Whatever happened to HIV/AIDS?
From the dearth of media attention, the global epidemic that terrified the world in the 1980s and 1990s, seems to have gone away. In America, the changing tide in public opinion about the LGBT community means that HIV/AIDS is no longer used to social shame a community, although the association still taints some conversations — most recently, the debate about whether the Food and Drug Administration would lift its lifetime ban on blood donations by men who sleep with men. The ensuing debate not only perpetuated harmful stereotypes about queer men, but also revealed a problematic key point about the disease: most people have no idea who suffers from it.
Contrary to public opinion, HIV/AIDS is not a disease that only affects white, affluent men like those featured in this year's Golden Globe-nominated The Normal Heart. In fact, data from the Centers from Disease Control may surprise people. According to the research, black heterosexual women contract HIV more than any other demographic, when accounting for the ratio of infection rate to total population percentage.
HIV/AIDS is not a "gay disease." Even though it was regarded as the "gay plague" by mainstream American culture throughout the 1980s and '90s, anyone — regardless of age, sex, gender, sexuality or race — can contract HIV. In fact, every 35 minutes a woman tests positive for HIV in America. Globally the rate, according to a 2013 UN AIDS report, is one woman contracting HIV per minute.
According to the UN, HIV disproportionately affects women, and especially women who are economically impoverished: "It is still the leading cause of death for women of reproductive age" and "the infection rates among young women aged 15-24 are twice as high as in young men."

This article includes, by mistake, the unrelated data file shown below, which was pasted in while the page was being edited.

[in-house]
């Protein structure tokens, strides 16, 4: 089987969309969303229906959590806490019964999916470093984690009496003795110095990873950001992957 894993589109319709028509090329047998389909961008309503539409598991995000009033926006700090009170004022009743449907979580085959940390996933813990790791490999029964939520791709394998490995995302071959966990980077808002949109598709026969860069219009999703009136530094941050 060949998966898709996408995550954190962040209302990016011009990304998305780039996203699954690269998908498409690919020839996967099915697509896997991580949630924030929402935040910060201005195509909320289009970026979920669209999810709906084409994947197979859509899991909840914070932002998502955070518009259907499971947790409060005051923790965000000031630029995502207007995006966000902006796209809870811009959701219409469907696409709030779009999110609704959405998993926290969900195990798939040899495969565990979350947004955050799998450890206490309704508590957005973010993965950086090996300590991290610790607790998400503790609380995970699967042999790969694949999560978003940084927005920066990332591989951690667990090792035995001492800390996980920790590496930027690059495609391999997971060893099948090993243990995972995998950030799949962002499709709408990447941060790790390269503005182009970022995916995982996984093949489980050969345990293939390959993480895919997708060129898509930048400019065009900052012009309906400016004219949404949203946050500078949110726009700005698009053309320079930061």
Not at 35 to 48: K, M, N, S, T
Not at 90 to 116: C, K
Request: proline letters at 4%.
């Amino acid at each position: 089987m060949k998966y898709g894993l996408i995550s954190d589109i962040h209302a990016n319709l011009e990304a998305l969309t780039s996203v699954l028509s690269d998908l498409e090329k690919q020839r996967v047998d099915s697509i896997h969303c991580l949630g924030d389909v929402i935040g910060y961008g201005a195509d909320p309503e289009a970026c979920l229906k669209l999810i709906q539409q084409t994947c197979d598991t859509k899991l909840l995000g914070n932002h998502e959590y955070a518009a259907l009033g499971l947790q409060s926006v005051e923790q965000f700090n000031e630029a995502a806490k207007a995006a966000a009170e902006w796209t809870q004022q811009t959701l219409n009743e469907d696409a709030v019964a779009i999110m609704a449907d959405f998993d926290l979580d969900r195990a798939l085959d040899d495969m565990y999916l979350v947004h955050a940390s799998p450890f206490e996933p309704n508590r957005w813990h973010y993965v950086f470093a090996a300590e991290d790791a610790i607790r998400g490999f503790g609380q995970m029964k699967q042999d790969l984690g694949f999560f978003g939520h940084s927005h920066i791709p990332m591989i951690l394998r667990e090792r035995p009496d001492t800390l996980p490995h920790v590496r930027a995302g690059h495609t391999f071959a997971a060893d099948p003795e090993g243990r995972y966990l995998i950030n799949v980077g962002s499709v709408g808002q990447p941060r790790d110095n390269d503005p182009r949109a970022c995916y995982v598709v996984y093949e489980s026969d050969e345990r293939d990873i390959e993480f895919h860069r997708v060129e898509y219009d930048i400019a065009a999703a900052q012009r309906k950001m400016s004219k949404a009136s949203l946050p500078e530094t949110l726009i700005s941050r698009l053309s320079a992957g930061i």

Black heterosexual women are the most vulnerable: The community most affected is black women, who, as the infographic illustrates, compose a shocking 66% of all new diagnoses in the U.S., even though they make up 13% of the entire female population and only 6.45% of the U.S. This means that, as the Black Women's Health Imperative observes, "One in 30 black women will be diagnosed with HIV at some point in her life."
Plainly stated, HIV/AIDS is an epidemic for this community of women. "HIV/AIDS related illness," the Imperative notes, "is now the leading cause of death among black women ages 25-34" within the United States. The stereotypes around HIV/AIDS, therefore, have hurt awareness and slowed the disseminating of information about how this disease affects the demographic. This is in large part why the Black Women's Health Imperative, as well as other organizations like the National Black Women's HIV/AIDS Network and the Young Women of Color HIV/AIDS Coalition, exist: "to increase awareness and eliminate stigma and stereotypes about HIV/AIDS in order to begin to effectively address the HIV epidemic among black women."
#WeAreEmpowered: Alicia Keys, who spreads awareness in the black female community through the #WeAreEmpowered campaign by Greater Than AIDS, joined Melissa Harris-Perry at ESSENCE Fest last year to discuss this epidemic:
Breaking stereotypes about HIV/AIDS helps a lot of communities — most crucially, that of black women. With information about the risks that affect their demographic, they can take charge of their own health.
These statistics should be a wake-up call not only to black women, but to all activists, advocates and health officials who focus on HIV/AIDS. It's not too late — but every moment of hesitation, embarrassment or denial means more lives are put at risk. Changing the face of HIV/AIDS means that these women will finally get the care that they so desperately need and deserve.